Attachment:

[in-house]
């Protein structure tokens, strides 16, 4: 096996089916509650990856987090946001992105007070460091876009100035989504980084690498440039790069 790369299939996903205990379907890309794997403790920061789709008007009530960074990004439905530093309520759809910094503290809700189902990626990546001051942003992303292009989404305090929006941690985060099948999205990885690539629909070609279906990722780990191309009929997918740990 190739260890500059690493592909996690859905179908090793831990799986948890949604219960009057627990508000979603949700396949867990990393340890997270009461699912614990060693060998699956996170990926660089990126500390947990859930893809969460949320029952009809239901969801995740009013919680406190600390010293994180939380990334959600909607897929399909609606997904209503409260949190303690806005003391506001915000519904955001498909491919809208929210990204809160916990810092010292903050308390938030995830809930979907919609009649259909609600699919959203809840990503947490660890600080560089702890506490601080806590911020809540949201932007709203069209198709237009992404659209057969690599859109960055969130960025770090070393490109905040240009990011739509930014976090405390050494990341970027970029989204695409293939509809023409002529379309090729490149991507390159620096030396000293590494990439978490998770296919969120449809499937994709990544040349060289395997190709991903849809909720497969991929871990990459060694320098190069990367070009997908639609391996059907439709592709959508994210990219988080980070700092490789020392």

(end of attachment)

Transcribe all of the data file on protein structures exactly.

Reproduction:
[in-house]
């Protein structure tokens, strides 16, 4: 096996089916509650990856987090946001992105007070460091876009100035989504980084690498440039790069 790369299939996903205990379907890309794997403790920061789709008007009530960074990004439905530093309520759809910094503290809700189902990626990546001051942003992303292009989404305090929006941690985060099948999205990885690539629909070609279906990722780990191309009929997918740990 190739260890500059690493592909996690859905179908090793831990799986948890949604219960009057627990508000979603949700396949867990990393340890997270009461699912614990060693060998699956996170990926660089990126500390947990859930893809969460949320029952009809239901969801995740009013919680406190600390010293994180939380990334959600909607897929399909609606997904209503409260949190303690806005003391506001915000519904955001498909491919809208929210990204809160916990810092010292903050308390938030995830809930979907919609009649259909609600699919959203809840990503947490660890600080560089702890506490601080806590911020809540949201932007709203069209198709237009992404659209057969690599859109960055969130960025770090070393490109905040240009990011739509930014976090405390050494990341970027970029989204695409293939509809023409002529379309090729490149991507390159620096030396000293590494990439978490998770296919969120449809499937994709990544040349060289395997190709991903849809909720497969991929871990990459060694320098190069990367070009997908639609391996059907439709592709959508994210990219988080980070700092490789020392």